AM03127 LED marquee + Arduino + Bluetooth = RaspberryPi remote control

After some days of soldering, testing and coding I am now able to control my LED marquee remotely via bluetooth from my Raspberry Pi. Using an Arduino Pro Mini (5V model) and the HC-05 module mentioned in my last blog post, I was able to mount all components inside the sign’s housing.

Some features of the bluetooth enabled display:

  • send messages to display (up to two messages with a length of 360 characters each are possible)
  • select display mode (message – time – off)
  • set time from and to Real Time Clock
  • set display intervals
  • increase/decrease speed of marquee

The sourcecode consists of the Arduino sketch to control the sign and a Python class that encapsulates the communication and message handling to the LED sign. As always, the sources will be available in my GitHub repository (direct link to sources). In this post I will describe the hardware and software developed to accomplish this. Some soldering skills may be required…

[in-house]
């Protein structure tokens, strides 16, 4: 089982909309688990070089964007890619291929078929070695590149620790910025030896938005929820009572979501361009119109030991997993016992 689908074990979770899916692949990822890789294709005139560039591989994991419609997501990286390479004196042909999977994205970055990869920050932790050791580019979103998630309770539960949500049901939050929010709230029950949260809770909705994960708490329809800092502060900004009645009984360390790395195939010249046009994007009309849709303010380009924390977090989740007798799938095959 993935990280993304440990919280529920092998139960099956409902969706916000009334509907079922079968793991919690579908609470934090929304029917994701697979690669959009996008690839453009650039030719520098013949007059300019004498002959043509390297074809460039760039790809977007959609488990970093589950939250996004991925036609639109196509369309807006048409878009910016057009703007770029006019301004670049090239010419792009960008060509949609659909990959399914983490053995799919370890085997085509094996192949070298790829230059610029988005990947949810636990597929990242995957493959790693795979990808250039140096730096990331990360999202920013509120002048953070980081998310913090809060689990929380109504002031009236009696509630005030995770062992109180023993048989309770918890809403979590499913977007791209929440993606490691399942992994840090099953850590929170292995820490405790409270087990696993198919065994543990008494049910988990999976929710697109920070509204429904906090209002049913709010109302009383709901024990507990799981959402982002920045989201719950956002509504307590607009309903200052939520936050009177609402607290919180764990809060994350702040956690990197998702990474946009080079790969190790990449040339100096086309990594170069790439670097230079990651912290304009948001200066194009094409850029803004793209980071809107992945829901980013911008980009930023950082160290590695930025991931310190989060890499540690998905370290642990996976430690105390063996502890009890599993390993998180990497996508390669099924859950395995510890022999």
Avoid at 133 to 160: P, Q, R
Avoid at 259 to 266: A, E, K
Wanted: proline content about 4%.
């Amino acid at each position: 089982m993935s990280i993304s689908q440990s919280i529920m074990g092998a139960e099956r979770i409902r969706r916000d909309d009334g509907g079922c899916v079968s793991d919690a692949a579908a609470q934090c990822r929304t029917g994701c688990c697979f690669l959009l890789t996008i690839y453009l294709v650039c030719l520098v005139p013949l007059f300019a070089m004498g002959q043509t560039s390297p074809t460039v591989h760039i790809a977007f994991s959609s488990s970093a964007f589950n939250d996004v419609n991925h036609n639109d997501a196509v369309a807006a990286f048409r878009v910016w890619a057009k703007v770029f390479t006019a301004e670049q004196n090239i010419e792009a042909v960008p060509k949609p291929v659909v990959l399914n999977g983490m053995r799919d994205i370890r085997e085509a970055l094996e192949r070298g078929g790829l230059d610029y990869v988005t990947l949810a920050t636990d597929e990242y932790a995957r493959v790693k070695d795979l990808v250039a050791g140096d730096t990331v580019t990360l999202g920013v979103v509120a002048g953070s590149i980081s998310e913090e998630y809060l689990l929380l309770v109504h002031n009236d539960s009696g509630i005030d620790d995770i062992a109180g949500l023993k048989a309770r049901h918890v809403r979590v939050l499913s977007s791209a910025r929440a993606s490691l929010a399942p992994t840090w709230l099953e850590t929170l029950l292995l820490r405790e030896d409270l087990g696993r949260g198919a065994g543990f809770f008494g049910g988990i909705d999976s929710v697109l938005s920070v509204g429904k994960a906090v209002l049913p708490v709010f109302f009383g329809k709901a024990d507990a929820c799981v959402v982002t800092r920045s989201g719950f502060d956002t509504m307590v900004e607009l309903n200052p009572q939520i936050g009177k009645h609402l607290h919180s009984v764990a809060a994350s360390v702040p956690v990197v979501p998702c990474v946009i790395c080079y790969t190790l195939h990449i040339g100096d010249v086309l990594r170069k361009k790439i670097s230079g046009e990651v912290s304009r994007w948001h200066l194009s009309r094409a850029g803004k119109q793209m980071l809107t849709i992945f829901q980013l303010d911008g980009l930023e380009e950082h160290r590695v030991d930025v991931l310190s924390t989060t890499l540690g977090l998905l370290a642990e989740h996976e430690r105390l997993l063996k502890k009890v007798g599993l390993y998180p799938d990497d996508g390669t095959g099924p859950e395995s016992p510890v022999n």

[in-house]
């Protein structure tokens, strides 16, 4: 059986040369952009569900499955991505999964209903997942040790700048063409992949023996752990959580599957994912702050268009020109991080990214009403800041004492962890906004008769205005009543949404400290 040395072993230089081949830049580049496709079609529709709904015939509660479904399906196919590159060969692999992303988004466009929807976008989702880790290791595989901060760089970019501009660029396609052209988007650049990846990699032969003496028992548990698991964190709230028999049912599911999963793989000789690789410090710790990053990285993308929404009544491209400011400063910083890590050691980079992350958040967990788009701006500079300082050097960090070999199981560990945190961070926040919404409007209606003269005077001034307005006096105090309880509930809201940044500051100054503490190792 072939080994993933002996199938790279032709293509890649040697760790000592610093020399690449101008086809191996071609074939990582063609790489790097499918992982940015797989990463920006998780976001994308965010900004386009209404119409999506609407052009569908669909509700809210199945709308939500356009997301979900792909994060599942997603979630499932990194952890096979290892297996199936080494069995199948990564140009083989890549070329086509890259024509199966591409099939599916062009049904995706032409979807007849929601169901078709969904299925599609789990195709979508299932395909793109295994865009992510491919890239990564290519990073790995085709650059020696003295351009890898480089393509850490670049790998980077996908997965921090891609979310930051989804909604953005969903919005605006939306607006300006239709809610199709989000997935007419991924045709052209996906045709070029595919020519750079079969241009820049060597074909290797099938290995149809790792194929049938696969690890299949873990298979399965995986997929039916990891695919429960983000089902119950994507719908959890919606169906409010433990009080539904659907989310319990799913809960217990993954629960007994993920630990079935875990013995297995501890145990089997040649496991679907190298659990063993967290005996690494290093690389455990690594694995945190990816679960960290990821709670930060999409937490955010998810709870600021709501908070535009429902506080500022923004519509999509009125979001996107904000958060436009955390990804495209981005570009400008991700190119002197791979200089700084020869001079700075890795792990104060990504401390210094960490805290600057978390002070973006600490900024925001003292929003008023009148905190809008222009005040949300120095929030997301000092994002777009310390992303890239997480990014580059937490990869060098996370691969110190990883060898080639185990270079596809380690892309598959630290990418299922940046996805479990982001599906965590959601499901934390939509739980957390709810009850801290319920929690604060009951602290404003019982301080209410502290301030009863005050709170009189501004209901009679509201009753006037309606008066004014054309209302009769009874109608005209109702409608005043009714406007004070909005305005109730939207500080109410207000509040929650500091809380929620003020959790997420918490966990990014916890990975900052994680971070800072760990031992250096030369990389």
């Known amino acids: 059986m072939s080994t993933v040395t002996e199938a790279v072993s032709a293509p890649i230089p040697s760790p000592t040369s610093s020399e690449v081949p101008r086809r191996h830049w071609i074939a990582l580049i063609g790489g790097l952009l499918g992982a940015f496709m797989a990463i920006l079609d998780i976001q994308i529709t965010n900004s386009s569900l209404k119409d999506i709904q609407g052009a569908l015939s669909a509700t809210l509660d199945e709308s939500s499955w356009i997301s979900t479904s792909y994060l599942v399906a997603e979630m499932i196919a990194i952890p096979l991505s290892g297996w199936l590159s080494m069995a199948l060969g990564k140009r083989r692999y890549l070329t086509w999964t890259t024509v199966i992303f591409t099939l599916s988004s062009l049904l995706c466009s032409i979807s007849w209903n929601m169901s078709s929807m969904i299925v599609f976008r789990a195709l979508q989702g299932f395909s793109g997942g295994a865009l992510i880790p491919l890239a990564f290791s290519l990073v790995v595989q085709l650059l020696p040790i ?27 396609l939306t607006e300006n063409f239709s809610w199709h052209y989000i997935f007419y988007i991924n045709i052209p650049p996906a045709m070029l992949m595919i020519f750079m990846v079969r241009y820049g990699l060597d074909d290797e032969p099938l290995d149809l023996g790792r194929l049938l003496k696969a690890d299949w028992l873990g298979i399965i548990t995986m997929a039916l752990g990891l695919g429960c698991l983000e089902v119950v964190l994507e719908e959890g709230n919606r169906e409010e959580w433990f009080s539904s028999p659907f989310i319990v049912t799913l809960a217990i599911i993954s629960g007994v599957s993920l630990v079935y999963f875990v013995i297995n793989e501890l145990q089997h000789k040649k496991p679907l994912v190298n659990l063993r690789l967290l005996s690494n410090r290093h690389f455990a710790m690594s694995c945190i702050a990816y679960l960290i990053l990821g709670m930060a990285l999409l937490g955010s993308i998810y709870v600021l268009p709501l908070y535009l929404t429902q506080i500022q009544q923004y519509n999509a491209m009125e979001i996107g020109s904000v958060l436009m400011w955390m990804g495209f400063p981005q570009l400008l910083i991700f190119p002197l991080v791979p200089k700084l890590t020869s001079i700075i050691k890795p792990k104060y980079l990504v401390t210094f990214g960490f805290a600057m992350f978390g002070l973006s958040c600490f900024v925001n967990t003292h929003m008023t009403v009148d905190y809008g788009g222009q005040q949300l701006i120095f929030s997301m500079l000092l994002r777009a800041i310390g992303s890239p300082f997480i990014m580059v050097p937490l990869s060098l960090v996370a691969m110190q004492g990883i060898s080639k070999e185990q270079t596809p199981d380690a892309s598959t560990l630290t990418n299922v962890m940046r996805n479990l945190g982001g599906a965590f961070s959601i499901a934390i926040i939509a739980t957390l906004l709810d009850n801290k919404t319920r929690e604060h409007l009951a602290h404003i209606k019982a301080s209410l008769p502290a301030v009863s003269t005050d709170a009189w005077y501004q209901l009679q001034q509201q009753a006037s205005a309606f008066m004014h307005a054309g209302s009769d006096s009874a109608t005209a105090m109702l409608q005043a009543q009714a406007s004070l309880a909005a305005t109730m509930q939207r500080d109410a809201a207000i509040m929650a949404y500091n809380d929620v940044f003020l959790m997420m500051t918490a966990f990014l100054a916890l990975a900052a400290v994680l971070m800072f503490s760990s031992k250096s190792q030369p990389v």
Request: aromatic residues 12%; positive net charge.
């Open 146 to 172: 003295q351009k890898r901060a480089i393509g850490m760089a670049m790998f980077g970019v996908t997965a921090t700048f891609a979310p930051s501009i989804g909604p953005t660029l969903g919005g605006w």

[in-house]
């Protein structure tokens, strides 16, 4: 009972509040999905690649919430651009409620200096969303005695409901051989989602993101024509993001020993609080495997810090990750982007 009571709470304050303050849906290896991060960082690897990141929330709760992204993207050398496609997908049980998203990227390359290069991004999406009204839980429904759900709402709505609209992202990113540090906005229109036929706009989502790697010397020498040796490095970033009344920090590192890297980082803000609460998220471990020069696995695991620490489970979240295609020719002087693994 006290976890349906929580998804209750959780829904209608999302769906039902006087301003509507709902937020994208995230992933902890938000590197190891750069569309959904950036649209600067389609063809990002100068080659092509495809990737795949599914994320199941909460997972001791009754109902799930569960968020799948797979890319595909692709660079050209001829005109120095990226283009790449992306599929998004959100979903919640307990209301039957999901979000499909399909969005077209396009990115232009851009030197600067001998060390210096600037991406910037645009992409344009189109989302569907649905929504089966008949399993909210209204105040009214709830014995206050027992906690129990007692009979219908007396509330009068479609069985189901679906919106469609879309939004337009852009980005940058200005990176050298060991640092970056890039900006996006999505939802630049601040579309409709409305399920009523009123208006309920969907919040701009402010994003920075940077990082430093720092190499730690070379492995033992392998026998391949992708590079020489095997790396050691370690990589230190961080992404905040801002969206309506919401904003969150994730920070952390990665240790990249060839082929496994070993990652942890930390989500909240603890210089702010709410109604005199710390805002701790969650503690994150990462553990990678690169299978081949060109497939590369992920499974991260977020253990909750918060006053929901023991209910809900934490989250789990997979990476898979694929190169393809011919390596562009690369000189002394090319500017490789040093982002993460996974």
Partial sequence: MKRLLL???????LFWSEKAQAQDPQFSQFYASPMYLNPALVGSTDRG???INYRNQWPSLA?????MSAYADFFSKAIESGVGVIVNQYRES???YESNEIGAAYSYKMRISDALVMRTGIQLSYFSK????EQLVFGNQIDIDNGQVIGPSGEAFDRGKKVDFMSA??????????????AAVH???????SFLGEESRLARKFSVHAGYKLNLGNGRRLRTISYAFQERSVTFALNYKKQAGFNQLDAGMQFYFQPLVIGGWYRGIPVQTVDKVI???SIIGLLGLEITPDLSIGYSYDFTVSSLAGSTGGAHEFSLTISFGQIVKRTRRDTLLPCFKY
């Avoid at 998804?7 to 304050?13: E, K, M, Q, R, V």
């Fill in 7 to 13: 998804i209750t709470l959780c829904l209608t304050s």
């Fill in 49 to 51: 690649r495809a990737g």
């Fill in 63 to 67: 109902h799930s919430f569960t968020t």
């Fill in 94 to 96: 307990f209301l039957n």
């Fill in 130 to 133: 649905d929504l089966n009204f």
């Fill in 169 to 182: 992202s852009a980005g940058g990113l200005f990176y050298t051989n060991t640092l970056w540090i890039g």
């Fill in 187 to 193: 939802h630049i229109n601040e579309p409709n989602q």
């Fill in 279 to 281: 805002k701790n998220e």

I am going to start with the hardware part as I needed to add some electronics between the LED sign and the Arduino. Some useful information about the internals of the LED sign is in my blog post about the “teardown“, so I won’t go into all the details here. The second half of this blog post will cover the software and an example.

AM03127 LED marquee  Arduino  Bluetooth RaspberryPi remote control

The Hardware

As I had discovered, the LED sign uses an Atmel8 processor. So it was really easy to find the connecting points needed to communicate directly with the processor on the LED sign. Moreover, the complete circuit is running with 5 Volts, so the Arduino can be powered from the LED sign. Here is an annotated view of the PCB’s back showing where some connections need to be made:

The connectors marked as DWN, SEL, UP and ENTER are used by the remote control the sign came with. When a button is pressed, the remote control simply shorts the pin to ground. So that should be easy to simulate with an Arduino. The RXD pin is where the processor receives serial data. The communication settings are fixed to 9600 bps, 1 parity bit, 0 stop bits.